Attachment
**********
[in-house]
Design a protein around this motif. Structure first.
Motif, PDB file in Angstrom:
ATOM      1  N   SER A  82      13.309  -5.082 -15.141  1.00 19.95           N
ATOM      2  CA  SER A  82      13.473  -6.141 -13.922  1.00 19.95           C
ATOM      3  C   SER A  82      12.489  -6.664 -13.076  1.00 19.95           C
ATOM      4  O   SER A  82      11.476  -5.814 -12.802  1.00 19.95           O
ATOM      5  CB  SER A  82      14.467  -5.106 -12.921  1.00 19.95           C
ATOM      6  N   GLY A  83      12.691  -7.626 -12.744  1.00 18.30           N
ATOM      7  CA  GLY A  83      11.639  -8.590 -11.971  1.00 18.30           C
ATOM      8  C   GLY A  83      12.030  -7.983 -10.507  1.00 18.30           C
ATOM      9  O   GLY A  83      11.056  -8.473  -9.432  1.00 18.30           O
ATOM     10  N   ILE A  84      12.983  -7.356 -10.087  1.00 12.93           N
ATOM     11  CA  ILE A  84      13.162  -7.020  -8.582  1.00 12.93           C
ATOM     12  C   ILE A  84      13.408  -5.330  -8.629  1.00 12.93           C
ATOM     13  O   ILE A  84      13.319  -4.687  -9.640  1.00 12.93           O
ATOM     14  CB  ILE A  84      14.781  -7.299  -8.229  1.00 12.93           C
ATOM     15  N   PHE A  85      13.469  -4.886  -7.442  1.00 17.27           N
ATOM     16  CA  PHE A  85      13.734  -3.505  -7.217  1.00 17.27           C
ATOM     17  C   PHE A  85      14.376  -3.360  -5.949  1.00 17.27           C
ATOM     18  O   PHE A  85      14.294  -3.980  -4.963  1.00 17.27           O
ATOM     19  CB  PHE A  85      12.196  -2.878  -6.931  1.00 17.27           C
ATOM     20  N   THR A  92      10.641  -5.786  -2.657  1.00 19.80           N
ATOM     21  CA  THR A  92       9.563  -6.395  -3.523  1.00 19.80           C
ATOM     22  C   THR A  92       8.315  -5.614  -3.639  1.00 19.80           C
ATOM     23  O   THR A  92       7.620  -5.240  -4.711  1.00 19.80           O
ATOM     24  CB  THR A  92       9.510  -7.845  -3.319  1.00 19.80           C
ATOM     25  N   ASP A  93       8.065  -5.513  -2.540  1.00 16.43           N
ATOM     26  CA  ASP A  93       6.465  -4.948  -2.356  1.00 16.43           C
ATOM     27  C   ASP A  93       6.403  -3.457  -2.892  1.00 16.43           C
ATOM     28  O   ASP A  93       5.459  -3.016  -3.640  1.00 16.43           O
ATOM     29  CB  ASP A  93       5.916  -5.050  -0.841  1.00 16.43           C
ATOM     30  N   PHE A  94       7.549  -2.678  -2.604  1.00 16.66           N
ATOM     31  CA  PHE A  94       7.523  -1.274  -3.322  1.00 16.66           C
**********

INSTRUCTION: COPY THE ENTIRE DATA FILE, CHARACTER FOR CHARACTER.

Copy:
[in-house]
Design a protein around this motif. Structure first.
Motif, PDB file in Angstrom:
ATOM      1  N   SER A  82      13.309  -5.082 -15.141  1.00 19.95           N
ATOM      2  CA  SER A  82      13.473  -6.141 -13.922  1.00 19.95           C
ATOM      3  C   SER A  82      12.489  -6.664 -13.076  1.00 19.95           C
ATOM      4  O   SER A  82      11.476  -5.814 -12.802  1.00 19.95           O
ATOM      5  CB  SER A  82      14.467  -5.106 -12.921  1.00 19.95           C
ATOM      6  N   GLY A  83      12.691  -7.626 -12.744  1.00 18.30           N
ATOM      7  CA  GLY A  83      11.639  -8.590 -11.971  1.00 18.30           C
ATOM      8  C   GLY A  83      12.030  -7.983 -10.507  1.00 18.30           C
ATOM      9  O   GLY A  83      11.056  -8.473  -9.432  1.00 18.30           O
ATOM     10  N   ILE A  84      12.983  -7.356 -10.087  1.00 12.93           N
ATOM     11  CA  ILE A  84      13.162  -7.020  -8.582  1.00 12.93           C
ATOM     12  C   ILE A  84      13.408  -5.330  -8.629  1.00 12.93           C
ATOM     13  O   ILE A  84      13.319  -4.687  -9.640  1.00 12.93           O
ATOM     14  CB  ILE A  84      14.781  -7.299  -8.229  1.00 12.93           C
ATOM     15  N   PHE A  85      13.469  -4.886  -7.442  1.00 17.27           N
ATOM     16  CA  PHE A  85      13.734  -3.505  -7.217  1.00 17.27           C
ATOM     17  C   PHE A  85      14.376  -3.360  -5.949  1.00 17.27           C
ATOM     18  O   PHE A  85      14.294  -3.980  -4.963  1.00 17.27           O
ATOM     19  CB  PHE A  85      12.196  -2.878  -6.931  1.00 17.27           C
ATOM     20  N   THR A  92      10.641  -5.786  -2.657  1.00 19.80           N
ATOM     21  CA  THR A  92       9.563  -6.395  -3.523  1.00 19.80           C
ATOM     22  C   THR A  92       8.315  -5.614  -3.639  1.00 19.80           C
ATOM     23  O   THR A  92       7.620  -5.240  -4.711  1.00 19.80           O
ATOM     24  CB  THR A  92       9.510  -7.845  -3.319  1.00 19.80           C
ATOM     25  N   ASP A  93       8.065  -5.513  -2.540  1.00 16.43           N
ATOM     26  CA  ASP A  93       6.465  -4.948  -2.356  1.00 16.43           C
ATOM     27  C   ASP A  93       6.403  -3.457  -2.892  1.00 16.43           C
ATOM     28  O   ASP A  93       5.459  -3.016  -3.640  1.00 16.43           O
ATOM     29  CB  ASP A  93       5.916  -5.050  -0.841  1.00 16.43           C
ATOM     30  N   PHE A  94       7.549  -2.678  -2.604  1.00 16.66           N
ATOM     31  CA  PHE A  94       7.523  -1.274  -3.322  1.00 16.66           C